Current management operations planning requires new methods of management to provide the best outcomes for business owners and customers. Among the most successful ones are lean and “just-in-time” management (Bamford & Forrester 2010). These approaches originated in Japan and have proved to be a successful way of reducing waste in the production process.
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Lean as a Prospective Method of Operation Arrangement
Lean is considered to have a positive impact on the organization as is helps to avoid extra expenditures connected with wasteful activities. Lean is aimed at saving space, human force, materials, and delivery terms (Bamford & Forrester 2010).
Radnor and Johnston (2013) remark that lean has not yet succeeded to connect the benefits presented to organizations with customer service. This fact is related to the wrong understanding of what a customer’s focus is. Lyons et al. (2013) notice that by now, lean has prevalently been applied to improving manufacturing efficiency and has not been equally popular in other dimensions. Therefore, the researchers remark that to receive the advantages of a lean approach to the full extent, an integrated approach is needed (Fullerton et al. 2014). It should be implemented at all steps of the operating organization and not only at some of them.
A great benefit of minimizing the waste presented by lean philosophy is its participation in the sustainability process (Piercy & Rich 2015). Apart from evident environmental gains, the lean approach provides better possibilities for personnel treatment, community commitment, transparency, and supply control. Piercy and Rich (2015) emphasize the fact that lean and sustainability are interconnected.
To integrate lean thinking into the supply chain, I would need to organize the stages of procurement, manufacturing, warehousing, and transportation by lean requirements. It means that all of these steps should be optimized and the waste should be eliminated. By doing this, I will provide the best approach to the customers and make gain a reliable reputation among them.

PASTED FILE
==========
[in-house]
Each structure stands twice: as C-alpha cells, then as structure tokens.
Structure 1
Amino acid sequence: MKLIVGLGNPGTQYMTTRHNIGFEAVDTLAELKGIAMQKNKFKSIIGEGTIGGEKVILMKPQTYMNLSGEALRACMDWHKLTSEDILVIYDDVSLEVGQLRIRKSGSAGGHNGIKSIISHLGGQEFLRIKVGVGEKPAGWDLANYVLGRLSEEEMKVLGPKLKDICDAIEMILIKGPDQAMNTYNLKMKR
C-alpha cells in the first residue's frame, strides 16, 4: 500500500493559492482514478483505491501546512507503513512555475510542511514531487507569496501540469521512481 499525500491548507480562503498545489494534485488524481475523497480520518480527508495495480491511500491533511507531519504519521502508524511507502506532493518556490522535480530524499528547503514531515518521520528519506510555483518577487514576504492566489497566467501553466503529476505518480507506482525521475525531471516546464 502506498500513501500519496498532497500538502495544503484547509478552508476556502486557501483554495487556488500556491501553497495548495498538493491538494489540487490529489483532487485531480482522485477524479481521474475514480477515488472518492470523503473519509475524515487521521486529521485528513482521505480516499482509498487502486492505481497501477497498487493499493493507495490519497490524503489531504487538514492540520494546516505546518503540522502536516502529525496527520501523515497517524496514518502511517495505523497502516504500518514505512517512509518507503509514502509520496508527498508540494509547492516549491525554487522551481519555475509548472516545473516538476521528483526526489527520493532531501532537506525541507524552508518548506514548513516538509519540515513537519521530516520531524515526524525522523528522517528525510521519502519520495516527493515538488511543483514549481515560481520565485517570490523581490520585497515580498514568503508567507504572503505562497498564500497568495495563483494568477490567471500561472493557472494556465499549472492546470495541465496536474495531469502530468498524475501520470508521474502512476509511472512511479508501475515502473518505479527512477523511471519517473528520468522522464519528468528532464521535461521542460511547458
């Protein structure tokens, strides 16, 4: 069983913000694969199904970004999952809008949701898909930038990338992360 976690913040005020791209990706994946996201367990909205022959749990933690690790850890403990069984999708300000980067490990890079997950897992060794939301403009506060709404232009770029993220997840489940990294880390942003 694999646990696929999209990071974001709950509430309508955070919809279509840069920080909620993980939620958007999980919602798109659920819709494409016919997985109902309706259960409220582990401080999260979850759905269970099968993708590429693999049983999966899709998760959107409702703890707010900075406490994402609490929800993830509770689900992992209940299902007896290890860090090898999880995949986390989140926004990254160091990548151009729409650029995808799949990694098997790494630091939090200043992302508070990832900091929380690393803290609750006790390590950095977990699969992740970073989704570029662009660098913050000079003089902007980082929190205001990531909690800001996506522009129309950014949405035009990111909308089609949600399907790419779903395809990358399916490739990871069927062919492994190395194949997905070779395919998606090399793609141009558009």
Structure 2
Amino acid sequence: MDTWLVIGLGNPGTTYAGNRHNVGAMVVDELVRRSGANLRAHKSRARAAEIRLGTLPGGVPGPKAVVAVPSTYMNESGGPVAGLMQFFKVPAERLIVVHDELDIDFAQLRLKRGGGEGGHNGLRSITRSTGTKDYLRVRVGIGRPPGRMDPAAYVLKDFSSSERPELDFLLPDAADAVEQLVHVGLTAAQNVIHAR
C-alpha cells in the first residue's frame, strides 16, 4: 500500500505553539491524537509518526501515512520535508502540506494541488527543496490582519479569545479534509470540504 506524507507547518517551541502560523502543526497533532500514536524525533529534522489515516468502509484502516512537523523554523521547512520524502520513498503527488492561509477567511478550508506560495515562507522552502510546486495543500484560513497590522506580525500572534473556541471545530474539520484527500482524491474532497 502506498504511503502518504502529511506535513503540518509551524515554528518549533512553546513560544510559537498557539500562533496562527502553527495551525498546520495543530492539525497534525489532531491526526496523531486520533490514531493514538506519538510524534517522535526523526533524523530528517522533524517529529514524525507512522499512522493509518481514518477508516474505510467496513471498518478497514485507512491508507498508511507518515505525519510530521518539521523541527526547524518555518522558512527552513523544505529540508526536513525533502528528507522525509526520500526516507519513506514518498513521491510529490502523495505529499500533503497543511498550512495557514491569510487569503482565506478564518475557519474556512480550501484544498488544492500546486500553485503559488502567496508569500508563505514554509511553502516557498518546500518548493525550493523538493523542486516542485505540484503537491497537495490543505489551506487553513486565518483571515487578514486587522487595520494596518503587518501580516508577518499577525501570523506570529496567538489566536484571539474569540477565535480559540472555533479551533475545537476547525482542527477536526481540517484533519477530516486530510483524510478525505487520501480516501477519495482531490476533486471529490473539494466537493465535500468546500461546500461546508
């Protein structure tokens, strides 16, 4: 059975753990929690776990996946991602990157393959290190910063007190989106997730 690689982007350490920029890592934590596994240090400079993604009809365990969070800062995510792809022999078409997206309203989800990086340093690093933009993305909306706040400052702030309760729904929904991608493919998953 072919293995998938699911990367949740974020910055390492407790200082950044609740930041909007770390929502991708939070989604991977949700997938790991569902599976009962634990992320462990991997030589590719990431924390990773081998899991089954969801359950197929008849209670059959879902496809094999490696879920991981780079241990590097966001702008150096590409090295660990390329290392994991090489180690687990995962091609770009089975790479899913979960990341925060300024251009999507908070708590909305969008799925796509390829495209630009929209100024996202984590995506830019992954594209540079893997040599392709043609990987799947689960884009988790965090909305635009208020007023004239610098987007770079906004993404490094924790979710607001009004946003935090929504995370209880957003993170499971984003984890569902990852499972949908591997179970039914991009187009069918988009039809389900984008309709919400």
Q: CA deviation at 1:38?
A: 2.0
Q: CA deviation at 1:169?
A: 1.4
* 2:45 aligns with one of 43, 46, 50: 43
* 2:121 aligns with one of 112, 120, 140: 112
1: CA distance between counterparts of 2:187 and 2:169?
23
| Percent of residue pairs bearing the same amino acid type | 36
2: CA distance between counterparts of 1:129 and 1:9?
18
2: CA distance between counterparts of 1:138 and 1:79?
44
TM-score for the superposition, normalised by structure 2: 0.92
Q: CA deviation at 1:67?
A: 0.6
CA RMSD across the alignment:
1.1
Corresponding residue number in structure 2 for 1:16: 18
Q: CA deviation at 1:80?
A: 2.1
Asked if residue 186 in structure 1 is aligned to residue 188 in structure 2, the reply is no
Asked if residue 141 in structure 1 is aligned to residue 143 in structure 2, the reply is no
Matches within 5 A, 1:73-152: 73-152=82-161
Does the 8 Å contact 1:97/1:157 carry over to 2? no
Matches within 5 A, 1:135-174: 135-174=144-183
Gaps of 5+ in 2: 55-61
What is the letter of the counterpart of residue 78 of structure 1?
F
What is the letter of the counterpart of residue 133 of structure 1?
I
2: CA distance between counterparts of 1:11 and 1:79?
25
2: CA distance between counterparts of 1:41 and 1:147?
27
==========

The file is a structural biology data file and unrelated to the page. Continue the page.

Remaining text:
“Just-in-Time” (JIT) Management and Total JIT (T-JIT) Practice: Problems and Benefits
As well as lean, JIT has become a popular philosophy due to its efficiency in the way of managing waste. Unlike lean, JIT has a narrower focus and aims at controlling stock (Bamford & Forrester 2010). JIT has become successful because it directs its efforts at improvement rather than optimization. This approach requires cost decline, high quality, and timely delivery.
T-JIT is an integrated method incorporating the traditional elements of JIT (purchasing, production, and selling) with JIT-information (Green et al. 2014). Modifications of JIT and T-JIT implementation include management and operator education and enhancing connections with suppliers before carrying out their JIT methods (Yasin et al. 2003). Companies that concentrate on these modifications have proved to have fewer realization difficulties and become more successful than those who neglected them.
There are three major problems connected with JIT and T-JIT enforcement. The first one is concerned with the fact that buying in bulk, which is a popular method of price decline, contradicts the JIT principles (Bamford & Forrester 2010). Another difficulty is that extended changeovers warrant the longevity of batch production, which leads to implementing JIT and T-JIT for accumulative efforts instead of preceding ones. Finally, since JIT presupposes obtaining the necessary amount of supply at the last moment, it limits the companies’ cooperation possibilities to local suppliers (Bamford & Forrester 2010).
Notwithstanding the difficulties, JIT and T-JIT present valuable benefits for the organizations. These approaches help to eliminate waste and optimize the manufacturing process.
Bamford, D & Forrester, P 2010, Essential guide to operations management: concepts and case notes, Wiley, London.
Fullerton, R R, Kennedy, F A, & Widener, S K 2014, ‘Lean manufacturing and firm performance: the incremental contribution of lean management accounting practices’, Journal of Operations Management, vol. 32, no. 7/8, pp. 414-428.
Green, K W, Inman, R A, Birou, L M, & Whitten, D 2014, ‘Total JIT (T-JIT) and its impact on supply chain competency and organizational performance’, International Journal of Production Economics, vol. 147, pp. 125-135.
Lyons, A C, Vidamour, K, Jain, R, & Sutherland, M 2013, ‘Developing an understanding of lean thinking in process industries’, Production Planning & Control, vol. 24, no. 6, pp. 475-494.
Piercy, N & Rich, N 2015, ‘The relationship between lean operations and sustainable operations’, International Journal of Operations & Production Management, vol. 35, no. 2, pp. 282-315.
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Radnor, Z & Johnston, R 2013, ‘Lean in UK government: internal efficiency or customer service?’ Production Planning & Control, vol. 24, no. 10/11, pp. 903-915.
Yasin, M M, Small, M H, & Wafa, M A 2003, ‘Organizational modifications to support JIT implementation in manufacturing and service operations’, Omega, vol. 31, no. 3, pp. 213-226.